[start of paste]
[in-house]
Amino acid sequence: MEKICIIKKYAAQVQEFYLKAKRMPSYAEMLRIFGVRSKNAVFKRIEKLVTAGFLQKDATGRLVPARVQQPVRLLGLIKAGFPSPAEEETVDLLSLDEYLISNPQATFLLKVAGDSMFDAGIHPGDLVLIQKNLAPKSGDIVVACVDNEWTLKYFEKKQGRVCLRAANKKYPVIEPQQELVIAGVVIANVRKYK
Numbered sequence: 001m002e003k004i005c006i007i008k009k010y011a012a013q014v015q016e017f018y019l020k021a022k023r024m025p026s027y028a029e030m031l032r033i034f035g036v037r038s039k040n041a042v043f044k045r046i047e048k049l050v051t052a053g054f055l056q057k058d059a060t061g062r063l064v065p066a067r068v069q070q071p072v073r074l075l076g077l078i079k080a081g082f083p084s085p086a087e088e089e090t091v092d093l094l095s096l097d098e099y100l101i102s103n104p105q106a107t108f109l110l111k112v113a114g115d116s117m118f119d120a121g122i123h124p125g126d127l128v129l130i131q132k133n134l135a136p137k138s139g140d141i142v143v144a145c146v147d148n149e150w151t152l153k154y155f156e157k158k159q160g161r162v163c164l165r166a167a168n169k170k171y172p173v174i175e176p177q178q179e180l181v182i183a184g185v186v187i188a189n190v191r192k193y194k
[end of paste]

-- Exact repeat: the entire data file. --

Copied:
[in-house]
Amino acid sequence: MEKICIIKKYAAQVQEFYLKAKRMPSYAEMLRIFGVRSKNAVFKRIEKLVTAGFLQKDATGRLVPARVQQPVRLLGLIKAGFPSPAEEETVDLLSLDEYLISNPQATFLLKVAGDSMFDAGIHPGDLVLIQKNLAPKSGDIVVACVDNEWTLKYFEKKQGRVCLRAANKKYPVIEPQQELVIAGVVIANVRKYK
Numbered sequence: 001m002e003k004i005c006i007i008k009k010y011a012a013q014v015q016e017f018y019l020k021a022k023r024m025p026s027y028a029e030m031l032r033i034f035g036v037r038s039k040n041a042v043f044k045r046i047e048k049l050v051t052a053g054f055l056q057k058d059a060t061g062r063l064v065p066a067r068v069q070q071p072v073r074l075l076g077l078i079k080a081g082f083p084s085p086a087e088e089e090t091v092d093l094l095s096l097d098e099y100l101i102s103n104p105q106a107t108f109l110l111k112v113a114g115d116s117m118f119d120a121g122i123h124p125g126d127l128v129l130i131q132k133n134l135a136p137k138s139g140d141i142v143v144a145c146v147d148n149e150w151t152l153k154y155f156e157k158k159q160g161r162v163c164l165r166a167a168n169k170k171y172p173v174i175e176p177q178q179e180l181v182i183a184g185v186v187i188a189n190v191r192k193y194k